What began four years ago as an online forum for undergraduate research at Occidental College is now the country’s leading undergraduate journal of critical theory and social justice, drawing contributions from across the country.
Posted this week, the fourth issue of CTSJ contains articles from students at Macalester, Wesleyan, and Middlebury as well as Oxy -- an impressive lineup for student editor Tim Lewis of West Covina, who isn’t quite halfway through his sophomore year at Occidental.
"By participating in this incomparable opportunity, I get to directly experience interventions in the academy and the world at large," Lewis says. "CTSJ has introduced me to ideas and people that have changed the way that I behave and think--something that transcends definable gains."
That is why Occidental’s Department of Critical Theory & Social Justice launched the journal in 2010 – "to provide a forum for original and imaginative undergraduate work," says Professor Glenn E. Griffin. "The intersection of gender, race, sexuality and postcoloniality produces excellent opportunities for theoretical and political work that are well-suited for undergraduate research and writing."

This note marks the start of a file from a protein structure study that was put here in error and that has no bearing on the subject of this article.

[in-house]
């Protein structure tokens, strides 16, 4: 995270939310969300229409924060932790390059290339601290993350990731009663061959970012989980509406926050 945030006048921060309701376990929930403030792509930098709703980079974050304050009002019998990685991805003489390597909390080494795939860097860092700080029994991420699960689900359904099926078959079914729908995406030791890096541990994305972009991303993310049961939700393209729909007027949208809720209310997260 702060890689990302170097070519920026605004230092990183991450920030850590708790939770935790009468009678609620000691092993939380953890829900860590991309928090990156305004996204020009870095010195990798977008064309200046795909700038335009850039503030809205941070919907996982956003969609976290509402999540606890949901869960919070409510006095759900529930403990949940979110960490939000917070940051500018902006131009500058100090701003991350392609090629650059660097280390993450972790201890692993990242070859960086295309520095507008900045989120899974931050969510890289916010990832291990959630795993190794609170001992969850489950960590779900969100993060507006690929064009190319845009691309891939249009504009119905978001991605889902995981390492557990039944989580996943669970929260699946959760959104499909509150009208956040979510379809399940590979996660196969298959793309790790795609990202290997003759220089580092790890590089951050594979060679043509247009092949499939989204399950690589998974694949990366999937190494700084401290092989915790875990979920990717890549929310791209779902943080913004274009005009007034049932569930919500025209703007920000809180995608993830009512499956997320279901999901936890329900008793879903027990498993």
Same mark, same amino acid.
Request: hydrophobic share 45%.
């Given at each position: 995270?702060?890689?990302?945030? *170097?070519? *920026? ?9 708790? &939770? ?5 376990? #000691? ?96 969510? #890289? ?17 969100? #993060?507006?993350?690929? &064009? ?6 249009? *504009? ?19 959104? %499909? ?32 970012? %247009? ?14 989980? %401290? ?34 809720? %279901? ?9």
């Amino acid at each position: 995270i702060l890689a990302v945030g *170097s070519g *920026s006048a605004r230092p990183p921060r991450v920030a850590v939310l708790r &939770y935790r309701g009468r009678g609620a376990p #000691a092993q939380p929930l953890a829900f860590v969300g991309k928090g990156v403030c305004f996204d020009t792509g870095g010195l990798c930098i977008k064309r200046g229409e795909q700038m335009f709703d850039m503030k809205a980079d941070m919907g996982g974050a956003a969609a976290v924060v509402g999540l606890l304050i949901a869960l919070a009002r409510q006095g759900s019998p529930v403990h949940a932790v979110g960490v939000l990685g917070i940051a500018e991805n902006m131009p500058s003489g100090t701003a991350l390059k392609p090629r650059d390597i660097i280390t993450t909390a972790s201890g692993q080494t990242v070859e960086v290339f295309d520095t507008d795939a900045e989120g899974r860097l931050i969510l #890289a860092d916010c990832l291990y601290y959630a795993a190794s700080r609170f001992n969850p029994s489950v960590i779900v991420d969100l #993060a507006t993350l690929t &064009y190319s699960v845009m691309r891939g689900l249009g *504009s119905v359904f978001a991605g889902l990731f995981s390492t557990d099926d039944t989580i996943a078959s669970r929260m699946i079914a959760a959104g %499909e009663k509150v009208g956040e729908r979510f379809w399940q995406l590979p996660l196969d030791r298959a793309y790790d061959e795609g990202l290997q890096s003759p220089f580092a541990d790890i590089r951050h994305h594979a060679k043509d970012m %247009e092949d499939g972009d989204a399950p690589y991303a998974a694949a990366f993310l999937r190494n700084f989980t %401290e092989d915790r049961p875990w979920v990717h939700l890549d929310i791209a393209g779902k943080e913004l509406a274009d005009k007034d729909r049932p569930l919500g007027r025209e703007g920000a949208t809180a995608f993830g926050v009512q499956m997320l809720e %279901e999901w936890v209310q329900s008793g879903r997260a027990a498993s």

The latest issue brings to 24 the number of student articles published on subjects ranging from homophobia in hip hop to the work of French philosopher Georges Bataille. Every submission undergoes a peer review process, first by a group of faculty and then – if it passes muster – by students. "Most pieces go through two or three rewrites before they are finally accepted," Griffin said.
Once published online, articles are reaching as wider audience. Some have been downloaded anywhere from 3,000 to 6,600 times and are beginning to be cited in other scholarly publications and incorporated into course material on other campuses.
Each issue also features original student artwork. The latest issue features menstrual art – pieces produced in the blood of the artist, Sadie Mohler ‘12, together with an artist’s statement.
A group of five Oxy students already has been recruited to produce next year’s issue, which will be featured on an upgraded CTSJ website. "We think that the journal promotes a high level of scholarship in our department and can bring together the imaginative work being done in other undergraduate programs in the interface of critical theory and justice," Griffin says.